Being right isn't enough
The past week has seen a good number of liberal appreciations of Russ Feingold, so I was glad to see Neil Sinhababu point out that his legislative style, while pleasing to liberals, often didn't accomplish much:
He joined the GOP in filibustering financial reform because he thought it should've been tougher on banks. What eventually happened? Well, Democrats needed an additional vote to break the filibuster, so they got Scott Brown to turn against the filibuster in exchange for an $18 billion giveaway to banks, mostly in his state. The net effect of Feingold's filibuster was giving $18 billion to banks. This is the sort of thing that anybody with more tactical sense than a popsicle would recognize and then go along with the bill.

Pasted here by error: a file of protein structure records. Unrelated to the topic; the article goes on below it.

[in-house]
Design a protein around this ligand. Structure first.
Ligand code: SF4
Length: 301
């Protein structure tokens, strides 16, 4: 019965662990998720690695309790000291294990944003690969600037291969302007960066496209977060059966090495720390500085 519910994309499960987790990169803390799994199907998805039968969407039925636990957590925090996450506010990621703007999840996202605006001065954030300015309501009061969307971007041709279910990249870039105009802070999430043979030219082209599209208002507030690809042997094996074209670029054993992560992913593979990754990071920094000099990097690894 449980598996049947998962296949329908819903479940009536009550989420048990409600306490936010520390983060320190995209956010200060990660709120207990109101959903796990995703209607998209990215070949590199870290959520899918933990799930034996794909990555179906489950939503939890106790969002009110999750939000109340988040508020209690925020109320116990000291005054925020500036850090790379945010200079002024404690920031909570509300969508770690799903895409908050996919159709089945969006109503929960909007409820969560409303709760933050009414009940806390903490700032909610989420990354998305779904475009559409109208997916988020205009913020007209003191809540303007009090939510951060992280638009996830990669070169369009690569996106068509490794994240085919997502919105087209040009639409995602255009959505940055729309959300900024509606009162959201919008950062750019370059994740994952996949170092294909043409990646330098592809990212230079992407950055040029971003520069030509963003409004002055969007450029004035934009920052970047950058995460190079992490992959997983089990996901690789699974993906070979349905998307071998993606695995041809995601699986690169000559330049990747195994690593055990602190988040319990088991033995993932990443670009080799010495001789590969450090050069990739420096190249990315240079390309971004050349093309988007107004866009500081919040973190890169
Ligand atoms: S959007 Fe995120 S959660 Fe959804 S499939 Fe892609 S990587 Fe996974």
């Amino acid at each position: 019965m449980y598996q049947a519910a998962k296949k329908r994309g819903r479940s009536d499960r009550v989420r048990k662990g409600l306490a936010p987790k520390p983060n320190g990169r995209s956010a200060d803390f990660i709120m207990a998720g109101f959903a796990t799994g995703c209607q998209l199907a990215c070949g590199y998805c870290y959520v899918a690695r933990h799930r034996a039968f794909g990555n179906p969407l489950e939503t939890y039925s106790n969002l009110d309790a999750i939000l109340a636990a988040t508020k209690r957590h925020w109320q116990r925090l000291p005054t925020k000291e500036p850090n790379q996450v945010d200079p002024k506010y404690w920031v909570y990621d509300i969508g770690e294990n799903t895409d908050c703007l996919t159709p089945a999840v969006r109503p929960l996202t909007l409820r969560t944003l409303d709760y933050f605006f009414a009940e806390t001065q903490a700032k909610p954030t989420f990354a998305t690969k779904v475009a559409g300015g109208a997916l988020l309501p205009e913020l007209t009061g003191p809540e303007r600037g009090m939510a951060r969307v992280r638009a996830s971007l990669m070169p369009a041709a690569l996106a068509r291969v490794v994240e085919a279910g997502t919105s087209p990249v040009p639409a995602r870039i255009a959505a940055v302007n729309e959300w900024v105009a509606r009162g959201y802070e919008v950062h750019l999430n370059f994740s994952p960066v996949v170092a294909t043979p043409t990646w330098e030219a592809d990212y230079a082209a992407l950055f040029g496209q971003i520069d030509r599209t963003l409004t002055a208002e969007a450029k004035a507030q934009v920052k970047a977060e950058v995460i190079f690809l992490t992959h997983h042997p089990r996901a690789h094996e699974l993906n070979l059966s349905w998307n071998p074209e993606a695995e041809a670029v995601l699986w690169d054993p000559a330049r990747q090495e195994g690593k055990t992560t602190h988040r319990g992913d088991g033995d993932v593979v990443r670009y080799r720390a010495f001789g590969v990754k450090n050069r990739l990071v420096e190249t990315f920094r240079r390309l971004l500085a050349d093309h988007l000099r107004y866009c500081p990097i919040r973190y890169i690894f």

Jonathan Bernstein made similar points before the election. The basic problem seems to be that any individual senator or representative looking out for his or her legacy has a stronger incentive to showboat than to work hard on legislation. If people remember Russ Feingold 50 years from now, it will be either because of the McCain-Feingold campaign finance bill or because of his attempt to censure President Bush in 2007. One of those took years of negotiations with varying congressional leaders and two presidential administrations to come to fruition. The other took an afternoon. If you're a senator with limited time but a desire for a legacy, which of those options is more attractive?
Dylan Matthews is a student at Harvard and a researcher at The Washington Post.
| November 8, 2010; 11:00 AM ET
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